ENG. 3350: American Women Writers (14883)
Telling Patsey’s Story: American Women Writers and the Power of Authorship
MR 12:15 – 1:40 PM
Dr. Jennifer Travis
This course will examine how women writers wield their pens as instruments of rebellion and power. Nineteenth-century American women writers commanded large audiences and believed that novels had the power to sway people’s actions and ideas. Together we will read diverse texts by several nineteenth-century American women writers, many of whom are little known today, and we will explore such topics as: slavery, ethnicity, class, nation, women’s rights and suffrage, sexuality, courtship, marriage, motherhood, and more.


ENG. 3390: Nineteenth Century Melodrama (14873)


TF 1:50 – 3:15 PM

Dr. Granville Ganter

Almost everyone knows the cartoon moment when the guy rescues the girl tied to the railroad tracks just before the train comes. But what most people don’t know is that in the play that invented this scene, Augustine Daly’s Under the Gaslight (1867), the rescuer is a woman. Melodrama was perhaps the dominant literary mode of the nineteenth century, and very influential on most American writers. Most melodramas make us cry—why? how? This course will talk a lot about why we cry, conventions of sentimentality, and romance. This course presents melodrama as an important literary mode, despite its apparent simplicity, sentimental oppositions of good and evil, and appeal to working-class taste. The story is not so simple, however. If tragedy has been enthroned as the terrifying experience of seeing people punished because of their virtues, melodrama has been denigrated as the sugary story of virtue rewarded. A fancier working definition of melodrama, however, might take note of its revelatory potential—the disclosure of virtue before administrative authority. As a mode, melodrama frequently resists simple political containment, as seen in the use of melodramatic motifs in the Abolition movement. The business of the class will be to investigate the ways in which this disclosure can be apocalyptic and transformative or, as it is traditionally understood, as reinforcing the status quo. This course will read some of the major melodramas of the nineteenth century such as Kotzebue’s The Stranger (1798), Metamora (1829), Uncle Tom’s Cabin (1852) (the play, not the novel), Under the Gaslight (1867), as well as consider modern melodramas about the period such as Spielberg’s film, Amistad. We will also read excerpts from Janice Radway’s Reading the Romance, a pioneering cultural studies approach to understanding genre literature.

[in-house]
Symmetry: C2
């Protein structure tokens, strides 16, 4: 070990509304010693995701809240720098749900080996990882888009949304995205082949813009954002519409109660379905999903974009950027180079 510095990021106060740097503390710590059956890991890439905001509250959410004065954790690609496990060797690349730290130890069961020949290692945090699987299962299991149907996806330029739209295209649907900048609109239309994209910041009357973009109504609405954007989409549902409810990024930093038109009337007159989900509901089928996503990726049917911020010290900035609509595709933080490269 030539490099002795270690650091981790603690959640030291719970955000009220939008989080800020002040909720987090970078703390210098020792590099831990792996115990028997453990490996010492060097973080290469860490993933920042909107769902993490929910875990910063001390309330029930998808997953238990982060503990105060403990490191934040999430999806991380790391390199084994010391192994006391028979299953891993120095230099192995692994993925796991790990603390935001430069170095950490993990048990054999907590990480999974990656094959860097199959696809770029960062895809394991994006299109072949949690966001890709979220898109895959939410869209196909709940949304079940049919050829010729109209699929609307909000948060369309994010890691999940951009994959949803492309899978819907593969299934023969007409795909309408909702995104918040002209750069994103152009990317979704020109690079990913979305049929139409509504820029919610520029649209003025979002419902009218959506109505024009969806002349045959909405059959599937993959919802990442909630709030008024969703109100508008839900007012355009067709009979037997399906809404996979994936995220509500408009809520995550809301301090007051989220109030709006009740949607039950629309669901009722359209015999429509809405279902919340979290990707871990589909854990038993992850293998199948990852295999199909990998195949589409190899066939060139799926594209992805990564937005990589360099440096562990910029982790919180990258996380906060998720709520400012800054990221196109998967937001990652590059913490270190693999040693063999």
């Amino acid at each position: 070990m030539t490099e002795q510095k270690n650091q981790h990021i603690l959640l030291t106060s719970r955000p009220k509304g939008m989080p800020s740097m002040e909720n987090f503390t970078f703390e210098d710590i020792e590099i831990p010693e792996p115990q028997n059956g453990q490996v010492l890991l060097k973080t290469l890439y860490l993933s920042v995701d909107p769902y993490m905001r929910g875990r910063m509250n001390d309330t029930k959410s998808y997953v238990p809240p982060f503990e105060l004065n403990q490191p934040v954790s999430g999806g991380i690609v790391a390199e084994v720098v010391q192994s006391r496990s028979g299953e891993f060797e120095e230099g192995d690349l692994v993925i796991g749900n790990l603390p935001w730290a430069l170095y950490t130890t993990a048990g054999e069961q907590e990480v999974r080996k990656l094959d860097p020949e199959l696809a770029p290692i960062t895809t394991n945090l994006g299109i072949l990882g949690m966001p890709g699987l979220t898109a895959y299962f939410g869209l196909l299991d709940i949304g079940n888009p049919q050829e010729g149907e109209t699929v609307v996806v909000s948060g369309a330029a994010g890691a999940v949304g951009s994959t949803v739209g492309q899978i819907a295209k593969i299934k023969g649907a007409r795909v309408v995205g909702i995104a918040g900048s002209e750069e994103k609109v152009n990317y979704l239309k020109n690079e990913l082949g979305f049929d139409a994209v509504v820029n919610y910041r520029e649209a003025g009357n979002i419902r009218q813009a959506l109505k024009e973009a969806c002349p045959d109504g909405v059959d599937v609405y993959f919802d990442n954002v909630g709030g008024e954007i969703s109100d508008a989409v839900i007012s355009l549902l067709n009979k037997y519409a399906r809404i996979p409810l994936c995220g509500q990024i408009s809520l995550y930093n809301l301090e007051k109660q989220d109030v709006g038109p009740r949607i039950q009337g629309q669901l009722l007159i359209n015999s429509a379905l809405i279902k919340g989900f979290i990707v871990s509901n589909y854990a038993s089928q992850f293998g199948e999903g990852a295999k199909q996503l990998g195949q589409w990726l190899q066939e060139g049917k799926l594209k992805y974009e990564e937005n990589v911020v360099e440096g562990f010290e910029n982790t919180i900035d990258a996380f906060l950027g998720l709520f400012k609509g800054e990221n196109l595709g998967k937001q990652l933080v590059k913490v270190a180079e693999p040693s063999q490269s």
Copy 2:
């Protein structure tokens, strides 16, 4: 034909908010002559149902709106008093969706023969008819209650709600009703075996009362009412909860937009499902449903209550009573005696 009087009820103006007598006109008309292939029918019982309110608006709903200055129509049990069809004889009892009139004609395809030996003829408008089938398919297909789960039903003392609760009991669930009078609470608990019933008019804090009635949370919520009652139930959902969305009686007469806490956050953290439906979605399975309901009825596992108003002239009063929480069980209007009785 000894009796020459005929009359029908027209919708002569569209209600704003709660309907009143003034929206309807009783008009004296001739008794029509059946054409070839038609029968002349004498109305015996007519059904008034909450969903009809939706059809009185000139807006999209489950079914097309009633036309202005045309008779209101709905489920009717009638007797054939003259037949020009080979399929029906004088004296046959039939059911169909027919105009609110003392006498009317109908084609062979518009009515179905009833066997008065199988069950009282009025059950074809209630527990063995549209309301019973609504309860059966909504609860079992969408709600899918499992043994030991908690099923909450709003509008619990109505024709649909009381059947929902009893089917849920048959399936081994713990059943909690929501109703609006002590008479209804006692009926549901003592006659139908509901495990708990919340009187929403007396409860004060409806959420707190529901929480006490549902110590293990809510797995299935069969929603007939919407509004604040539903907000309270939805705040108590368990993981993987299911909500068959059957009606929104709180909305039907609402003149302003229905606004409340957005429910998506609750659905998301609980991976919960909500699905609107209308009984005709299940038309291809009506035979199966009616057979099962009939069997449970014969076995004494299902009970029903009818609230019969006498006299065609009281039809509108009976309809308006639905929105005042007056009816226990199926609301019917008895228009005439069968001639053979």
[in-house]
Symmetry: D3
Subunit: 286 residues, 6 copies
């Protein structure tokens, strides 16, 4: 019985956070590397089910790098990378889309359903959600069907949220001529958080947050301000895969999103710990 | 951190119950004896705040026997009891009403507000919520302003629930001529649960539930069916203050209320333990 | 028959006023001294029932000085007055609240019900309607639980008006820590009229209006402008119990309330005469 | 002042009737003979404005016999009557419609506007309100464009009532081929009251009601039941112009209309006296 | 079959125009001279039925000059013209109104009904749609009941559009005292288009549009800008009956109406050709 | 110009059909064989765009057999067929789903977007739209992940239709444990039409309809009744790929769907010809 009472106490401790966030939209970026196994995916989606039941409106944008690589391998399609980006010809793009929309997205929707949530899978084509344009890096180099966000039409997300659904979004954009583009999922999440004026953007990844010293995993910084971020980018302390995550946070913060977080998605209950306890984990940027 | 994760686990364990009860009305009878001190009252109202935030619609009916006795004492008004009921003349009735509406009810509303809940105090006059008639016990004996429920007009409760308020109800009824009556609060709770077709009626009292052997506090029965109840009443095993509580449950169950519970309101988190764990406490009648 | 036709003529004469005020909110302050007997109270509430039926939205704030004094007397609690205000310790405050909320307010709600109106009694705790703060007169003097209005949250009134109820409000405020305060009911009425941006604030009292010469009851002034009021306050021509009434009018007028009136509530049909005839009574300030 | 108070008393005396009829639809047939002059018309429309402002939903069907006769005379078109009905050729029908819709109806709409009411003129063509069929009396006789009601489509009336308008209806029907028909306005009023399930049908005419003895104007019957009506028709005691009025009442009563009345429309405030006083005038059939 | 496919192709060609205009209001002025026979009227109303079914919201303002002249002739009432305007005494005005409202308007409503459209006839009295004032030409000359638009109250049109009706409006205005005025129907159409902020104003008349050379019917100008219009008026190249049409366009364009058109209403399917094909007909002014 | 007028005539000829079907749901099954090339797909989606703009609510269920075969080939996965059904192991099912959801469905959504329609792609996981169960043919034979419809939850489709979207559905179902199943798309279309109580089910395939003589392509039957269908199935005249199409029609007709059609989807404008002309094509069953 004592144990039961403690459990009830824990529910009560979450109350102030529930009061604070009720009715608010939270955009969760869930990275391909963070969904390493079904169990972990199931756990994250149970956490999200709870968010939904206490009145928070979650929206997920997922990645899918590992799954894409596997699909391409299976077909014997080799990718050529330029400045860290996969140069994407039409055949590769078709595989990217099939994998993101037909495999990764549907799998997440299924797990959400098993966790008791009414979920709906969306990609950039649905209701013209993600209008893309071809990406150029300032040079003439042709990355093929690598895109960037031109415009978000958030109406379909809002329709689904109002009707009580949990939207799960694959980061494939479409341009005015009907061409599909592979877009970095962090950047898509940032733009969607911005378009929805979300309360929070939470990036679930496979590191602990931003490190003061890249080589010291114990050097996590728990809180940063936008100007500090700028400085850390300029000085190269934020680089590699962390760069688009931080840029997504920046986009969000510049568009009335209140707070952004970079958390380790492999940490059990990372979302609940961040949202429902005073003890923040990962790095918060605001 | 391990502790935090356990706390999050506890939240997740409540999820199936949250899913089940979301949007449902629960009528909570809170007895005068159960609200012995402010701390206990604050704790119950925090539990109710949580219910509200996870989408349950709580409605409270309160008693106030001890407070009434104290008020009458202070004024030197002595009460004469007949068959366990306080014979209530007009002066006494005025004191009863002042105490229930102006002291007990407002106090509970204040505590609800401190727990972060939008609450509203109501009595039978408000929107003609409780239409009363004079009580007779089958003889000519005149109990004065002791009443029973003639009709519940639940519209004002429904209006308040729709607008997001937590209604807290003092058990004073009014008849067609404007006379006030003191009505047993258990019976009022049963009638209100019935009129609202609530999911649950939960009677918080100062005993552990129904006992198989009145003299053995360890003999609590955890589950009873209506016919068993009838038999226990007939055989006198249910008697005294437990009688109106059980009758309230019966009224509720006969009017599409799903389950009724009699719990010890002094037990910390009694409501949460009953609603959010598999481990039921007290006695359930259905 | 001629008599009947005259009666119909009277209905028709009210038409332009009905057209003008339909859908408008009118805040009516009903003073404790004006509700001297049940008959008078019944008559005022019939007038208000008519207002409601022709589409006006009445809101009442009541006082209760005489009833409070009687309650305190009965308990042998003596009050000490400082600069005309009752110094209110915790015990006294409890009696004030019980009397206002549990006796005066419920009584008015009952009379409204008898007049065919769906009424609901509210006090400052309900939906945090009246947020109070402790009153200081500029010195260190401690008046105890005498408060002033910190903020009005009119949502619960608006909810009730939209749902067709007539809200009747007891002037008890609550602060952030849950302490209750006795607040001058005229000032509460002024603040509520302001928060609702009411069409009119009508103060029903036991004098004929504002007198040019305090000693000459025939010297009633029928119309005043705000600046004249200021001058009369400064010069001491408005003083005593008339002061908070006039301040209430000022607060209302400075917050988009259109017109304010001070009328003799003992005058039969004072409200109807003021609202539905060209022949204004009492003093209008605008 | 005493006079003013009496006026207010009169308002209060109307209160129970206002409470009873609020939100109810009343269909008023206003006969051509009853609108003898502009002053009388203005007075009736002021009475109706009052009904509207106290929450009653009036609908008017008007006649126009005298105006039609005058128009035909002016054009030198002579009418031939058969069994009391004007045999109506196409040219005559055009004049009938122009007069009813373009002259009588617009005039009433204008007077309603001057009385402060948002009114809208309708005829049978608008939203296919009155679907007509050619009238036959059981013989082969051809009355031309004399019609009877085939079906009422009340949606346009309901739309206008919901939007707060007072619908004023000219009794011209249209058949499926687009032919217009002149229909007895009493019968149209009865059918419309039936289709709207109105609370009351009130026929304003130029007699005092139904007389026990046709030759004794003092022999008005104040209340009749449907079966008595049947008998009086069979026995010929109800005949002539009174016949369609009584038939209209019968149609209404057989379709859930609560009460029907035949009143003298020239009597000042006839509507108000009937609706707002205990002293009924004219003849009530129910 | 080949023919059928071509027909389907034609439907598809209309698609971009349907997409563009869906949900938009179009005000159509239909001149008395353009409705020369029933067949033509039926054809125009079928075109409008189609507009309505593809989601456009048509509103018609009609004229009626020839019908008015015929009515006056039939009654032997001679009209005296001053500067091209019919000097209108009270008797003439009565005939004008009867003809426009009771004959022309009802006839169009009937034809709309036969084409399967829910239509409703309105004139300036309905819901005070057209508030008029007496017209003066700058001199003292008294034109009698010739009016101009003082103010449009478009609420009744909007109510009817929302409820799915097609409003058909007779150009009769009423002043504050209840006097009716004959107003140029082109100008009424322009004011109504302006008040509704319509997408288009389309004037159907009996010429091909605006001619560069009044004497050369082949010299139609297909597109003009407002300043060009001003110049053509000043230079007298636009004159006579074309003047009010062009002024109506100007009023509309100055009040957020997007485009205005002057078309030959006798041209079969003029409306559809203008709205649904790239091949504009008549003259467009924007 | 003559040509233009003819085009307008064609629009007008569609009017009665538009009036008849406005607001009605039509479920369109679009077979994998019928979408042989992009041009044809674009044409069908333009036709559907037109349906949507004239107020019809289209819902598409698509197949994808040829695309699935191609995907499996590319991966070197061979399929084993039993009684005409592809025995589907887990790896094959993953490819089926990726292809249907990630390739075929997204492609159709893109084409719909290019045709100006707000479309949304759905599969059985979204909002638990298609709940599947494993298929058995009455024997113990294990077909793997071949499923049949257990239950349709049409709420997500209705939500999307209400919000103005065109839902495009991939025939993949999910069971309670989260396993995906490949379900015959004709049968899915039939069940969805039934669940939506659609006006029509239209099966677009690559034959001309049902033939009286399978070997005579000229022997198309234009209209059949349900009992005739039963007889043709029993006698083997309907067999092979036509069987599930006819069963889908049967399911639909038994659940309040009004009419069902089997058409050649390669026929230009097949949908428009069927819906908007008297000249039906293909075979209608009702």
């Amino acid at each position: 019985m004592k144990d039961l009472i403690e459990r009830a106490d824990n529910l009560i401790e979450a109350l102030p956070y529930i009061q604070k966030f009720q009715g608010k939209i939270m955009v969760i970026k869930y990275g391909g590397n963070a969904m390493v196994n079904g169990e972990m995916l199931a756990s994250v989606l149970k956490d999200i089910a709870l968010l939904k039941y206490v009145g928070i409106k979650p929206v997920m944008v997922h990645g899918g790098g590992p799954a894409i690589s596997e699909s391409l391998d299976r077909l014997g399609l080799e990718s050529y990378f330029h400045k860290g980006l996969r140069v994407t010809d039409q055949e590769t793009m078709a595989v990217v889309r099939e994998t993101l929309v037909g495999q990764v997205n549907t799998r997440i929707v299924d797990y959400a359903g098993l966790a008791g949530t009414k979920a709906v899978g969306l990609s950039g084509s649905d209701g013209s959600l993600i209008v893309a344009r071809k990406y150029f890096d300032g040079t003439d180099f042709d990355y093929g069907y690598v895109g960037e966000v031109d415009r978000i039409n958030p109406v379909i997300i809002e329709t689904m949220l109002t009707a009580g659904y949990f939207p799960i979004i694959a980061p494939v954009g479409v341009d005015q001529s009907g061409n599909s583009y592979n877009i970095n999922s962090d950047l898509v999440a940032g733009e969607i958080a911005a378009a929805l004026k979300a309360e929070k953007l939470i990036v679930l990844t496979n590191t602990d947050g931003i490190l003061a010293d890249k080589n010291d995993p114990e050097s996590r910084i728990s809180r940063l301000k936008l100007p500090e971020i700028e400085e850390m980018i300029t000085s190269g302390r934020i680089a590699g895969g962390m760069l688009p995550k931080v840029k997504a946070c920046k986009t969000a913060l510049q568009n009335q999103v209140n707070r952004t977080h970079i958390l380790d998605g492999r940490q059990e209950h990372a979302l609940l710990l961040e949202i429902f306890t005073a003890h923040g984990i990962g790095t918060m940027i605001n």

ENG. 3480: The Harlem Renaissance (14876)
MR 12:15-1:40 PM
Dr. John Lowney
This course is an introduction to the literature of the Harlem Renaissance. The Harlem Renaissance (or New Negro Renaissance) was a remarkably prolific period of African American literature, music, art, and scholarship that followed World War I and lasted into the 1930s. In this course we will examine the Harlem Renaissance as a cultural movement in relation to both African American history and international modernism. The primary emphasis of the course is on intensive study of important African American writers, with attention to parallel developments in music and the visual arts. Readings include W. E. B. Du Bois, The Souls of Black Folk; Nella Larsen, Quicksand; Claude McKay, Home to Harlem; Langston Hughes, Not Without Laughter; Zora Neale Hurston, Their Eyes Were Watching God; and selected poetry by McKay, Hughes, Countee Cullen, Gwendolyn Bennett, and Helene Johnson.


ENG. 3590: Literature & Other Arts (14880)

Afro-Asian Popular Culture
W 1:50pm – 4:40 PM

Dr. Shanté Paradigm Smalls